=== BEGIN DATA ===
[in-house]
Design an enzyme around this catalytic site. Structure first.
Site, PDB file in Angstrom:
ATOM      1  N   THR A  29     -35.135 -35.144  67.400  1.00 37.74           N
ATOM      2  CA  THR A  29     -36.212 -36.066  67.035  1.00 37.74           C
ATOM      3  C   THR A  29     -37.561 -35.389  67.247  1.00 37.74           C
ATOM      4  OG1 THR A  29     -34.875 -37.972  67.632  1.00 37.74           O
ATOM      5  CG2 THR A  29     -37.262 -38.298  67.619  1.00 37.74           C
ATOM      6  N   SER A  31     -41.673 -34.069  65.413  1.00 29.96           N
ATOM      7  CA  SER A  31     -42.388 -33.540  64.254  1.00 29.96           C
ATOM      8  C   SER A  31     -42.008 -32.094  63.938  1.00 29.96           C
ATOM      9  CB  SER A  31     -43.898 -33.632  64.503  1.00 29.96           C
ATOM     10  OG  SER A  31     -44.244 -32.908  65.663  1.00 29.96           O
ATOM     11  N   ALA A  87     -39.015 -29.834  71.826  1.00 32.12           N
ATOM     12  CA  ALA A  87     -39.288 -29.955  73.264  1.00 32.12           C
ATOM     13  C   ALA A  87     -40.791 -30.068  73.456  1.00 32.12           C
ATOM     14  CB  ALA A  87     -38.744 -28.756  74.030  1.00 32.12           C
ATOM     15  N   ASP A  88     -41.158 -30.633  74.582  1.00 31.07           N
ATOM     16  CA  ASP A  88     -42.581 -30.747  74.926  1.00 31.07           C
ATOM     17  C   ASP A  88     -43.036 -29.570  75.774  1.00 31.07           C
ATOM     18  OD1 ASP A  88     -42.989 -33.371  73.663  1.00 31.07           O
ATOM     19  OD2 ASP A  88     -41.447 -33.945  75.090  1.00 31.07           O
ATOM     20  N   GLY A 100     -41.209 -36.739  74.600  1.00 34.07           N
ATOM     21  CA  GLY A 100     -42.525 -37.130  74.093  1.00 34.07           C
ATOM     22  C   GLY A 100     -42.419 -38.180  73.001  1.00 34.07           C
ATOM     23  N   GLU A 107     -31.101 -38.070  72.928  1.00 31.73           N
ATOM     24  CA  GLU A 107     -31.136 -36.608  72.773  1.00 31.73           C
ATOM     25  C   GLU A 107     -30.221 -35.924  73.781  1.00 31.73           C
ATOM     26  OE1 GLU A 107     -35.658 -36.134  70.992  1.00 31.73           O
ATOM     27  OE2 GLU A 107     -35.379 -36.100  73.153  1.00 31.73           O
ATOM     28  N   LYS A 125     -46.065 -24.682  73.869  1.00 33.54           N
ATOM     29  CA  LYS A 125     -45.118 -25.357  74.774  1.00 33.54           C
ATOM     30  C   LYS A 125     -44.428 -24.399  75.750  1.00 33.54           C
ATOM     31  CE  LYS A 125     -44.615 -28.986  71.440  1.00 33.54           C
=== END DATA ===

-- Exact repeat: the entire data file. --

[in-house]
Design an enzyme around this catalytic site. Structure first.
Site, PDB file in Angstrom:
ATOM      1  N   THR A  29     -35.135 -35.144  67.400  1.00 37.74           N
ATOM      2  CA  THR A  29     -36.212 -36.066  67.035  1.00 37.74           C
ATOM      3  C   THR A  29     -37.561 -35.389  67.247  1.00 37.74           C
ATOM      4  OG1 THR A  29     -34.875 -37.972  67.632  1.00 37.74           O
ATOM      5  CG2 THR A  29     -37.262 -38.298  67.619  1.00 37.74           C
ATOM      6  N   SER A  31     -41.673 -34.069  65.413  1.00 29.96           N
ATOM      7  CA  SER A  31     -42.388 -33.540  64.254  1.00 29.96           C
ATOM      8  C   SER A  31     -42.008 -32.094  63.938  1.00 29.96           C
ATOM      9  CB  SER A  31     -43.898 -33.632  64.503  1.00 29.96           C
ATOM     10  OG  SER A  31     -44.244 -32.908  65.663  1.00 29.96           O
ATOM     11  N   ALA A  87     -39.015 -29.834  71.826  1.00 32.12           N
ATOM     12  CA  ALA A  87     -39.288 -29.955  73.264  1.00 32.12           C
ATOM     13  C   ALA A  87     -40.791 -30.068  73.456  1.00 32.12           C
ATOM     14  CB  ALA A  87     -38.744 -28.756  74.030  1.00 32.12           C
ATOM     15  N   ASP A  88     -41.158 -30.633  74.582  1.00 31.07           N
ATOM     16  CA  ASP A  88     -42.581 -30.747  74.926  1.00 31.07           C
ATOM     17  C   ASP A  88     -43.036 -29.570  75.774  1.00 31.07           C
ATOM     18  OD1 ASP A  88     -42.989 -33.371  73.663  1.00 31.07           O
ATOM     19  OD2 ASP A  88     -41.447 -33.945  75.090  1.00 31.07           O
ATOM     20  N   GLY A 100     -41.209 -36.739  74.600  1.00 34.07           N
ATOM     21  CA  GLY A 100     -42.525 -37.130  74.093  1.00 34.07           C
ATOM     22  C   GLY A 100     -42.419 -38.180  73.001  1.00 34.07           C
ATOM     23  N   GLU A 107     -31.101 -38.070  72.928  1.00 31.73           N
ATOM     24  CA  GLU A 107     -31.136 -36.608  72.773  1.00 31.73           C
ATOM     25  C   GLU A 107     -30.221 -35.924  73.781  1.00 31.73           C
ATOM     26  OE1 GLU A 107     -35.658 -36.134  70.992  1.00 31.73           O
ATOM     27  OE2 GLU A 107     -35.379 -36.100  73.153  1.00 31.73           O
ATOM     28  N   LYS A 125     -46.065 -24.682  73.869  1.00 33.54           N
ATOM     29  CA  LYS A 125     -45.118 -25.357  74.774  1.00 33.54           C
ATOM     30  C   LYS A 125     -44.428 -24.399  75.750  1.00 33.54           C
ATOM     31  CE  LYS A 125     -44.615 -28.986  71.440  1.00 33.54           C